Summary findings of the public consultation
on service changes and savings options 2016
Shaping our Future
About the consultation 3
Breakdown of responses 5
Summary of key findings: 6
Choices for Change survey 6
Citizens’ Panel findings 9
Local group discussions 10
Comments received in Phase 1 of consultation 11
Libraries and Customer Services survey 12
Employee consultation and engagement 12
Next steps 13
Reporting to Council 13
Further consultation and engagement 13
*This report (Paper A) is one of three and summarises the main consultation
findings. Supplementary papers are also available with the full results of the
Shaping our Future consultation:
Paper B: Choices for Change Public Opinion Survey and Citizens’ Panel
Paper C: List of individual comments received from residents and joint
responses received from local groups – Shaping our Future 2016
Shaping our Future
The Shaping our Future campaign was launched in February 2016 in response
to the financial pressures and other challenges facing the Council. The aim
was to let local people have their say on spending priorities, service changes
and savings options.
Unlike traditional local authority budget consultations, which normally take
place over a relatively short period in the lead up to the budget setting,
Shaping our Future was planned to run over a ten month period*, with two
distinct phases based on the need to inform, consult and engage with our
Phase 1 (Feb-Mar and May-Sept 2016)*
Inform residents, community groups,
partners and other stakeholders about the
scale of the Council’s budget challenge.
Set out the need for the Council to work in
new ways to be able to meet future service
Set out ways in which the Council has
already taken action to reduce costs and
Consult residents and community groups on
service priorities and seek their suggestions
on new ways of working, making savings and
Shaping our Future campaign launched in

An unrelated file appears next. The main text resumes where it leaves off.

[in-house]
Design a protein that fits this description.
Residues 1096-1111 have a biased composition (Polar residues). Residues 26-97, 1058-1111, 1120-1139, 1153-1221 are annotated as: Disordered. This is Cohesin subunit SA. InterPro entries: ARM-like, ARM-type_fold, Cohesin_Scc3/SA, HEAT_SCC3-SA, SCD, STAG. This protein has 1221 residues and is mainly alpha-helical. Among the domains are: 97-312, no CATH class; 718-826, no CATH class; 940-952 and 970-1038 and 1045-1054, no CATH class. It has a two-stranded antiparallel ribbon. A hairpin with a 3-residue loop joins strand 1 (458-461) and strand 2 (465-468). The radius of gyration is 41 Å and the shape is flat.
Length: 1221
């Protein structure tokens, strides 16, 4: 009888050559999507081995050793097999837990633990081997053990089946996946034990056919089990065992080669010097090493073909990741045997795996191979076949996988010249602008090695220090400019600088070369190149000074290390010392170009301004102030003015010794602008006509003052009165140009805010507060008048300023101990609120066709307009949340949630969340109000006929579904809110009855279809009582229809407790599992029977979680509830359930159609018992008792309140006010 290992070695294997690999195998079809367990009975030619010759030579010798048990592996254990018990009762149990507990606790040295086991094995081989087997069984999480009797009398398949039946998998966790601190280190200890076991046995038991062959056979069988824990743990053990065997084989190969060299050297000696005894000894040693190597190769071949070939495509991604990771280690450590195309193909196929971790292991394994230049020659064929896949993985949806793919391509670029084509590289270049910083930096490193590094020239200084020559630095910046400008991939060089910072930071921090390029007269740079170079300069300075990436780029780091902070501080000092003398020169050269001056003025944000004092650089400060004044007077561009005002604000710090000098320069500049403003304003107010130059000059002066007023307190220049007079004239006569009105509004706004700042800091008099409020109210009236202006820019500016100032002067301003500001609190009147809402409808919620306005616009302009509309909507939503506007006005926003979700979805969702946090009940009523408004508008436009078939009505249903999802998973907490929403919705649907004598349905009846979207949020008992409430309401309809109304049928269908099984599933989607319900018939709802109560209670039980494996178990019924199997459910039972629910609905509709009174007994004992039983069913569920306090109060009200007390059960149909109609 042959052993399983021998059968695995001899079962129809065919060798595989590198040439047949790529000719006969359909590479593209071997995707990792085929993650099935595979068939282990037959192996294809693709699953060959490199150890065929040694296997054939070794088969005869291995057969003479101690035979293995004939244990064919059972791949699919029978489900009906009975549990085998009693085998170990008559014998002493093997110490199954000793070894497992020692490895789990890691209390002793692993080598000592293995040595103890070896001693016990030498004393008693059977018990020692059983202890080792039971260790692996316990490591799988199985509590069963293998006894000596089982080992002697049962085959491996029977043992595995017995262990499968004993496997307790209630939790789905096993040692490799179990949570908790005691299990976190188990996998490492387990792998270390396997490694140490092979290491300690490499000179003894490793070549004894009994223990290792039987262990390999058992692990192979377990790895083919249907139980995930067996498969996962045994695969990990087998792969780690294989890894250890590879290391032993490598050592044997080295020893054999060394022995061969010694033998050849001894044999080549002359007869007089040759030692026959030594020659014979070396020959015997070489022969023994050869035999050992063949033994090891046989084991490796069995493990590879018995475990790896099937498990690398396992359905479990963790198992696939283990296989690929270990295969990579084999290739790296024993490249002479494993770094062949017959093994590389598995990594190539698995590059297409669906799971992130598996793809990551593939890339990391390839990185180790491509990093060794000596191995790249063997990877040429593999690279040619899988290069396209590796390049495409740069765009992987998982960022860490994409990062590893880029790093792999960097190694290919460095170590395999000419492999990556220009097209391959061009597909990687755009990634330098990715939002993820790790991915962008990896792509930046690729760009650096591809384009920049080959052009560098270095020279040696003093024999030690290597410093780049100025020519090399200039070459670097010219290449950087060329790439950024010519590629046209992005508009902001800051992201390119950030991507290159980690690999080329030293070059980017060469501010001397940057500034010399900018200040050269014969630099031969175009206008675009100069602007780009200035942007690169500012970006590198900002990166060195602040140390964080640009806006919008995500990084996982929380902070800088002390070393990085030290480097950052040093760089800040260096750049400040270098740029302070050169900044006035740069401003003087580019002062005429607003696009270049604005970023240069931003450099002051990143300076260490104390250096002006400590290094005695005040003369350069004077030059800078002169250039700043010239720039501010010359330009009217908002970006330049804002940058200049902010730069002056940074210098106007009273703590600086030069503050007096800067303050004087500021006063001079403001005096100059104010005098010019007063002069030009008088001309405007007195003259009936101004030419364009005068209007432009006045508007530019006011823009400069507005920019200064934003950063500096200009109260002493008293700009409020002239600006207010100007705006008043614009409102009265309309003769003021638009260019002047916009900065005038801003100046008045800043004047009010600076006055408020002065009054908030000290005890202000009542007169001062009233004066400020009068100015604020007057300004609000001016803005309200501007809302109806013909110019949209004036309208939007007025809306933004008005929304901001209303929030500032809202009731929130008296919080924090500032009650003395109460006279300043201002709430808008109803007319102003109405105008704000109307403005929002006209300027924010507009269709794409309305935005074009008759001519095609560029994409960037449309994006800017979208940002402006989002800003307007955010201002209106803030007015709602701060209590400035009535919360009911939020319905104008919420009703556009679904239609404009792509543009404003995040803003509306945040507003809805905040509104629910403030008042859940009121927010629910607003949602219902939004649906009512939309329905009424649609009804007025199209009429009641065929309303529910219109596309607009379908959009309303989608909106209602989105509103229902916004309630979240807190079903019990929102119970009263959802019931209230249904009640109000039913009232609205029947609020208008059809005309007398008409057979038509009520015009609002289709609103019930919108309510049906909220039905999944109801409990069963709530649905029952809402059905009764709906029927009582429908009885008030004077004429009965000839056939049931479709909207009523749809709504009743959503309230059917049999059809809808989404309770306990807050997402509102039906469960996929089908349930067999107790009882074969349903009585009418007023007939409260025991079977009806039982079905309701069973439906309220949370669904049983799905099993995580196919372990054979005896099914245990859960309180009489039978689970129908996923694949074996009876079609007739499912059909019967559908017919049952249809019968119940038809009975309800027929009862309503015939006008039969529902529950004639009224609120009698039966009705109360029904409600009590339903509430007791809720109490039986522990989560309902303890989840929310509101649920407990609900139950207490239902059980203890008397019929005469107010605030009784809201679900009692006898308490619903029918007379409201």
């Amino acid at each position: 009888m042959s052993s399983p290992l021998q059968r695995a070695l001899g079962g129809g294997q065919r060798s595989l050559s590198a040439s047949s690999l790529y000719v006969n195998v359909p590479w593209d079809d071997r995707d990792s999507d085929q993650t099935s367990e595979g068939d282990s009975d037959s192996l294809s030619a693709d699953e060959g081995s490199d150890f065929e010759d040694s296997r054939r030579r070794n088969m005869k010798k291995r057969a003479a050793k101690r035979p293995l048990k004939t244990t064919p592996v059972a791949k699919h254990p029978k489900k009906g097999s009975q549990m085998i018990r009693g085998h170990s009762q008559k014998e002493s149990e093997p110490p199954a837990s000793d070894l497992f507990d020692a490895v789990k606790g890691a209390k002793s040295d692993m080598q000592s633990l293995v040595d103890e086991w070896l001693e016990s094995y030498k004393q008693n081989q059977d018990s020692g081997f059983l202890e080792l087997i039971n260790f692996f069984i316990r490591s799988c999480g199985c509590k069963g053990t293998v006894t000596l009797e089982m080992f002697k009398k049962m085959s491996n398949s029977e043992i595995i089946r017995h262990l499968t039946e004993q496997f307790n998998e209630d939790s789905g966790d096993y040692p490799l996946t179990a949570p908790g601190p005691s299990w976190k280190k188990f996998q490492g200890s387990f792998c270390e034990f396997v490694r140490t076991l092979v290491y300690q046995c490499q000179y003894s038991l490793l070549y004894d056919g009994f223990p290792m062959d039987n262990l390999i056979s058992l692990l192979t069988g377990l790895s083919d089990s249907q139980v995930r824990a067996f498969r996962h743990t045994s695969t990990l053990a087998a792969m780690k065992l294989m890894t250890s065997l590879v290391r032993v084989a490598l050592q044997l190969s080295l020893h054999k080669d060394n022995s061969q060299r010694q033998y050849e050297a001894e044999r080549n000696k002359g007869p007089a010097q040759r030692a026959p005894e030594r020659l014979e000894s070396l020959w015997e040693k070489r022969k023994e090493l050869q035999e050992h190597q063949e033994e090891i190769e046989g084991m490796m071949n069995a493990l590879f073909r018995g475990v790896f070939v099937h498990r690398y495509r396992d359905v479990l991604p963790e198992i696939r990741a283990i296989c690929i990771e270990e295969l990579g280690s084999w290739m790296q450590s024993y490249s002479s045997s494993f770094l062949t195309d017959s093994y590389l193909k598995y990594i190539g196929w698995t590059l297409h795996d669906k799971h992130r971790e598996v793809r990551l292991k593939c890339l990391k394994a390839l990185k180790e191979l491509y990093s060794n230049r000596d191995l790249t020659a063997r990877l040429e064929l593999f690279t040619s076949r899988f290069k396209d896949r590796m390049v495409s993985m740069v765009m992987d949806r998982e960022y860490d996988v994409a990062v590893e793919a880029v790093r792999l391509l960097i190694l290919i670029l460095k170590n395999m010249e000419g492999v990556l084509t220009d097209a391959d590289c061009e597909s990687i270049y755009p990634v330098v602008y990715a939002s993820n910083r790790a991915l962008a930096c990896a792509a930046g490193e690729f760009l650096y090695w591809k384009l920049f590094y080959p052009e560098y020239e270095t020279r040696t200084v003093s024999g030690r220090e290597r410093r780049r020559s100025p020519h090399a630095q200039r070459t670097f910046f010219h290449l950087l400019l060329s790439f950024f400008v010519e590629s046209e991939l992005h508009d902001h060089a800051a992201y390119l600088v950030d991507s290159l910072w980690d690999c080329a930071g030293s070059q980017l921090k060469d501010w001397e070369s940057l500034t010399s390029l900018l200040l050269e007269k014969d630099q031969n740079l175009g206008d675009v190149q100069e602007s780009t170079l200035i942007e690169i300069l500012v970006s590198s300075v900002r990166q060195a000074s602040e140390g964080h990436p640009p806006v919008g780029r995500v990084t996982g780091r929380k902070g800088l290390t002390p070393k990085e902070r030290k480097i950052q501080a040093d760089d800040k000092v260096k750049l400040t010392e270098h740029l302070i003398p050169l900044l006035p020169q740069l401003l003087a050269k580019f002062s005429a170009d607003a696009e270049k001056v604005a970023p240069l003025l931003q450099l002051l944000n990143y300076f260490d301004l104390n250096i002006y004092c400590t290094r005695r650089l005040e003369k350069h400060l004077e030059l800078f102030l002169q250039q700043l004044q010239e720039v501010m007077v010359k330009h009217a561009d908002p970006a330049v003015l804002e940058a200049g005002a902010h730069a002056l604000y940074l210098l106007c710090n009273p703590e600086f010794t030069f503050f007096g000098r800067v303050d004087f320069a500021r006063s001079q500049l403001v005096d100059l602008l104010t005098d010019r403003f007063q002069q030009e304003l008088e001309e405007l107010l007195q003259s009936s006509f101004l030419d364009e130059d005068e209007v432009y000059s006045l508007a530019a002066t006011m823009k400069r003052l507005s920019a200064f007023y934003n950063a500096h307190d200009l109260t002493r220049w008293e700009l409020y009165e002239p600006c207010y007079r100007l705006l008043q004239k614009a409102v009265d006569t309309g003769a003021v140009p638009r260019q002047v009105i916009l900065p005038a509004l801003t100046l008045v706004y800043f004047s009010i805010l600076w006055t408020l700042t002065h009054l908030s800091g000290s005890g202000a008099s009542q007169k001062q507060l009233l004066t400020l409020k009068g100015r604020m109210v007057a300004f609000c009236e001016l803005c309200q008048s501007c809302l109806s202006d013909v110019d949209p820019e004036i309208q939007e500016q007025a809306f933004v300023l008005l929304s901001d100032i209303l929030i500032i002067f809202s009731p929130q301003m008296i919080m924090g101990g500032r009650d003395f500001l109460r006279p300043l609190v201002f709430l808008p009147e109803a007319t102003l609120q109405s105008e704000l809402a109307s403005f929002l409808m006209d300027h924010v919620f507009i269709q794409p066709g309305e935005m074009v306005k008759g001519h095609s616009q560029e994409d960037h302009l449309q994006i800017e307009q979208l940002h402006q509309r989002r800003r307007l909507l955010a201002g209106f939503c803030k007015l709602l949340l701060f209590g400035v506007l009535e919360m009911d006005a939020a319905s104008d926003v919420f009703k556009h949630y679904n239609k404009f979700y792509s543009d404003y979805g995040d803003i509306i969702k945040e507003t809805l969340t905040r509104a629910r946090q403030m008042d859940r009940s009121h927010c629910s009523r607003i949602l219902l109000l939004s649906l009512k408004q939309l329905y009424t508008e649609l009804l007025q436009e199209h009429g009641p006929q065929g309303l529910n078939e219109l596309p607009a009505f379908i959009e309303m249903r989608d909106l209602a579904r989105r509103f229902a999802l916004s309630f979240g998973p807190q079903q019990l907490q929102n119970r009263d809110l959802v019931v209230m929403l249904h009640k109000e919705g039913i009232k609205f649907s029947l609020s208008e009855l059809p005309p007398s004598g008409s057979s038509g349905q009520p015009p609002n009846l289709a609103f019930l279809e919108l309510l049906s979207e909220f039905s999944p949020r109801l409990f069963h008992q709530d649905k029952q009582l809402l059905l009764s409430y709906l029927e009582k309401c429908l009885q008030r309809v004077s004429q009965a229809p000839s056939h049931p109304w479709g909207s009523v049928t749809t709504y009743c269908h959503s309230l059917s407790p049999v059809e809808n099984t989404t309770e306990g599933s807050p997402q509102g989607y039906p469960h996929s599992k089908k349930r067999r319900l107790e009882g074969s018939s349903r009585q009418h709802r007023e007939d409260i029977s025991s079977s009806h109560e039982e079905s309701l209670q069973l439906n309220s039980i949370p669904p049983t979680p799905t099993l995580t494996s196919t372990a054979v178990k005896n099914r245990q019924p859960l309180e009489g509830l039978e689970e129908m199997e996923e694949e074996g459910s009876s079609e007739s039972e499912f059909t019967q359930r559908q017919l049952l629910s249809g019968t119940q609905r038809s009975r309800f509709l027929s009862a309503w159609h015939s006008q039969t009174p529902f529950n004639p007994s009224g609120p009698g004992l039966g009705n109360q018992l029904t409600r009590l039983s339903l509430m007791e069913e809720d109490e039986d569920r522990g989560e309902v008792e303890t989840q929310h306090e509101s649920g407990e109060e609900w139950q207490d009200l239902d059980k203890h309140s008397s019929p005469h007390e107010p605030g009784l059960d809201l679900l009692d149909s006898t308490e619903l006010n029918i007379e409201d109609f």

local media, on council website, on social
media, posters and banners.
‘Have Your Say’ email account set up and
public comment cards distributed.
Information provided directly to 30 local
groups and on our behalf by MVA (voluntary
organisations’ umbrella group) to over 100
Offer of group discussions for local groups
with members of Senior Management Team
attending. Meetings held with Federation of
Community Councils, Midlothian People’s
Equality Group, Neighbourhood Planning
umbrella group, residents and carers groups.
Easy Read guide to Shaping our Future
produced in consultation with local People
Easy Read ‘infographics’ factsheets
produced setting out ‘Our budget challenge’
and ‘How we spend your money’.
* There was a moratorium on campaign publicity during the Scottish Parliamentary Election
(purdah) period from mid-March to early May 2016.
About the consultation
Phase 2 (Oct-Nov 2016)
Produce a more detailed series of options
for service changes/ savings covering each of
the Council’s key service areas, to go out to
Produce detailed options for a separate
consultation covering Libraries and
Seek suggestions from residents, local
groups and partners on new ways of
working, making savings and generating
‘Choices for Change’ consultation paper and
opinion survey published (Oct-Nov 2016).
‘Shaping our Future – Libraries and
Customer Services’ consultation paper and
survey published (Oct-Nov 2016).
‘Choices for Change’ publicised in
newspaper articles, newspaper adverts, local
radio news, local radio interview, web
content, on social media, and new-style
posters and comment cards in libraries and
other council facilities.
Over 100 local groups and organisations
advised directly of Phase 2 consultation and
notification distributed though Midlothian
Voluntary Action (MVA) umbrella group.
Responses to Choices for Change survey (Oct-Nov 2016)
Of the 484 responses received to the Choices for Change consultation, the
greatest number came from Penicuik, Bonnyrigg, Gorebridge, Dalkeith and
65% of respondents were female and 32% male. (3% preferred not to say.)